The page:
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In Arabic the word ḥadīth (Arabic: حديث ḥadīṯ ) means 'a piece of information conveyed either in a small quantity or large'. The Arabic plural is أحاديث ʾaḥādīṯ/aḥādīth . Hadith also refers to the speech of a person. As taḥdīṯ/taḥdīth is the infinitive, or verbal noun, of the original verb form; hadith is, therefore, not the infinitive; rather it is a noun.
Read more about this topic: Hadith
Other articles related to "etymology":
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Famous quotes containing the word etymology:
“The universal principle of etymology in all languages: words are carried over from bodies and from the properties of bodies to express the things of the mind and spirit. The order of ideas must follow the order of things.”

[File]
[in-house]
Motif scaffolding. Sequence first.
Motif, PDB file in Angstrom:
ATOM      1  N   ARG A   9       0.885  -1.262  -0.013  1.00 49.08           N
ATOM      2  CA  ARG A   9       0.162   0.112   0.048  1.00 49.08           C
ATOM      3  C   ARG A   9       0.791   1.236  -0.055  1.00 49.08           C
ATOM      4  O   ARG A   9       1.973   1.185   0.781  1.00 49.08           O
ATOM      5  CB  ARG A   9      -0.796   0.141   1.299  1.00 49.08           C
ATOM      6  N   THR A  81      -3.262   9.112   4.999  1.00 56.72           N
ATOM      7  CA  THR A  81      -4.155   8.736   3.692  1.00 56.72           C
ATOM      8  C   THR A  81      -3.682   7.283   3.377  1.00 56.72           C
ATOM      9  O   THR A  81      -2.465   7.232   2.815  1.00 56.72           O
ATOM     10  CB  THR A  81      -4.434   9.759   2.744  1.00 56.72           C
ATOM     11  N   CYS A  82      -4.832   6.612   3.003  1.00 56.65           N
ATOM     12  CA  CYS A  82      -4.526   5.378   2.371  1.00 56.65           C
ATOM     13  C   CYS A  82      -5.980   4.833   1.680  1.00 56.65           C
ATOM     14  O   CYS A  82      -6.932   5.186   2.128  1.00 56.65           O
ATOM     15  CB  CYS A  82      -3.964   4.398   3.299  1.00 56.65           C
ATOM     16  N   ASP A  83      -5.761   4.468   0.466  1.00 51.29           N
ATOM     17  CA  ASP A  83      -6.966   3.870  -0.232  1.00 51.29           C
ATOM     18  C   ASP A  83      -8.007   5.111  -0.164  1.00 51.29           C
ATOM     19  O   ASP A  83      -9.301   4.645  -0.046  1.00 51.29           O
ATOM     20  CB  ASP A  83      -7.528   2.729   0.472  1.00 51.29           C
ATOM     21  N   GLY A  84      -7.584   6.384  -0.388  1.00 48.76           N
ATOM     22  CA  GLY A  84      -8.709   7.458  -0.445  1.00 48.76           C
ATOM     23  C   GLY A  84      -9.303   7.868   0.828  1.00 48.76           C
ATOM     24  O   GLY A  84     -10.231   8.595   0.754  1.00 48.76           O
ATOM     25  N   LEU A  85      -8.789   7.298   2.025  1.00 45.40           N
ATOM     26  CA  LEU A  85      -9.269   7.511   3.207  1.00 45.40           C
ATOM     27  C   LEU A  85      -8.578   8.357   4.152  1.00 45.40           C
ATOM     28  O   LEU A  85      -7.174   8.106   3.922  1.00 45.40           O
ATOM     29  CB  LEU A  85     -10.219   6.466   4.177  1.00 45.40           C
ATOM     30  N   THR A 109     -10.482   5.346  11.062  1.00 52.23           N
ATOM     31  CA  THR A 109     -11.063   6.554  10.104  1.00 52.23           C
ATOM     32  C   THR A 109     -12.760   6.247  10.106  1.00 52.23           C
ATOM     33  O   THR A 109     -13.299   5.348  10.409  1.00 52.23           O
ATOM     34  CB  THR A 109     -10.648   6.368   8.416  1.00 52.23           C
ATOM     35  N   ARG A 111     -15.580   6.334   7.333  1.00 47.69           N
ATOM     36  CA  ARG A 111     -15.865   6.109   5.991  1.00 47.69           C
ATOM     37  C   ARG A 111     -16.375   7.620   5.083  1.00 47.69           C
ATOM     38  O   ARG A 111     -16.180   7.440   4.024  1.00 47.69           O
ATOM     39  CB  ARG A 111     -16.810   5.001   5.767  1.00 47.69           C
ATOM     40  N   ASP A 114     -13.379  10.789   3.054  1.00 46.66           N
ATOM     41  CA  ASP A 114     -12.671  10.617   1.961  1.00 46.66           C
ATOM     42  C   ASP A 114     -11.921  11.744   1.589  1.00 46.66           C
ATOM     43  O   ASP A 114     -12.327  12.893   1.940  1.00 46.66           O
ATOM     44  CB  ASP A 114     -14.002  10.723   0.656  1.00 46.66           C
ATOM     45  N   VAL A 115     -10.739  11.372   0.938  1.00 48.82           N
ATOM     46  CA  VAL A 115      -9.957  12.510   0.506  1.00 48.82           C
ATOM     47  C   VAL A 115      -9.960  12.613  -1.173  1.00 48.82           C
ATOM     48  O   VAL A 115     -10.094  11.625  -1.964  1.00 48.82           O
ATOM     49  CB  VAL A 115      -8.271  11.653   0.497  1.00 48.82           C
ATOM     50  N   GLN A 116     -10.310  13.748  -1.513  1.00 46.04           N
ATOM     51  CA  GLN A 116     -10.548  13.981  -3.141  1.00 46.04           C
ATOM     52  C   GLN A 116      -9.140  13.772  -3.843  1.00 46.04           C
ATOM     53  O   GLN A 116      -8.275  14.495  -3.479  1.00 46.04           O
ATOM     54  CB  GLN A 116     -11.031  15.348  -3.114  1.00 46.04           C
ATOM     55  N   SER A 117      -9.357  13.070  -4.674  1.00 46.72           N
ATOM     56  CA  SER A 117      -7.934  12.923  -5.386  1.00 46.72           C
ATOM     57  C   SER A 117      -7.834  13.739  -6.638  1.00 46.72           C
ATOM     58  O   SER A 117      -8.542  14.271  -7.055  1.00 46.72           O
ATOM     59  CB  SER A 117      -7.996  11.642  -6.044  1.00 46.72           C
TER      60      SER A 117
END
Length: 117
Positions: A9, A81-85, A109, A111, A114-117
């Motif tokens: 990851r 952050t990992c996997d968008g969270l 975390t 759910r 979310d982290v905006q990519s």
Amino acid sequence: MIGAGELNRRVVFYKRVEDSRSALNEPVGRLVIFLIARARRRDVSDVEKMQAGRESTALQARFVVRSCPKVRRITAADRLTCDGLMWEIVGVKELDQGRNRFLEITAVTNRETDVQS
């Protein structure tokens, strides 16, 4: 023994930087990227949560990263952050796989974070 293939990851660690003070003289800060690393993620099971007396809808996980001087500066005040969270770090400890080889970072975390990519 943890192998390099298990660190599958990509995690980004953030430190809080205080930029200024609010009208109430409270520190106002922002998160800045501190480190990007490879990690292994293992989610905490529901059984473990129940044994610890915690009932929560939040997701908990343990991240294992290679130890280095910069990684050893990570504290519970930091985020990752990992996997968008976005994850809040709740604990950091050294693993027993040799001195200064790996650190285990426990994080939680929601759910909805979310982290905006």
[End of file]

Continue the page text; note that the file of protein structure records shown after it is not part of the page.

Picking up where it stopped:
—Giambattista Vico (16881744)
“Semantically, taste is rich and confusing, its etymology as odd and interesting as that of style. But while stylederiving from the stylus or pointed rod which Roman scribes used to make marks on wax tabletssuggests activity, taste is more passive.... Etymologically, the word we use derives from the Old French, meaning touch or feel, a sense that is preserved in the current Italian word for a keyboard, tastiera.”
—Stephen Bayley, British historian, art critic. Taste: The Story of an Idea, Taste: The Secret Meaning of Things, Random House (1991)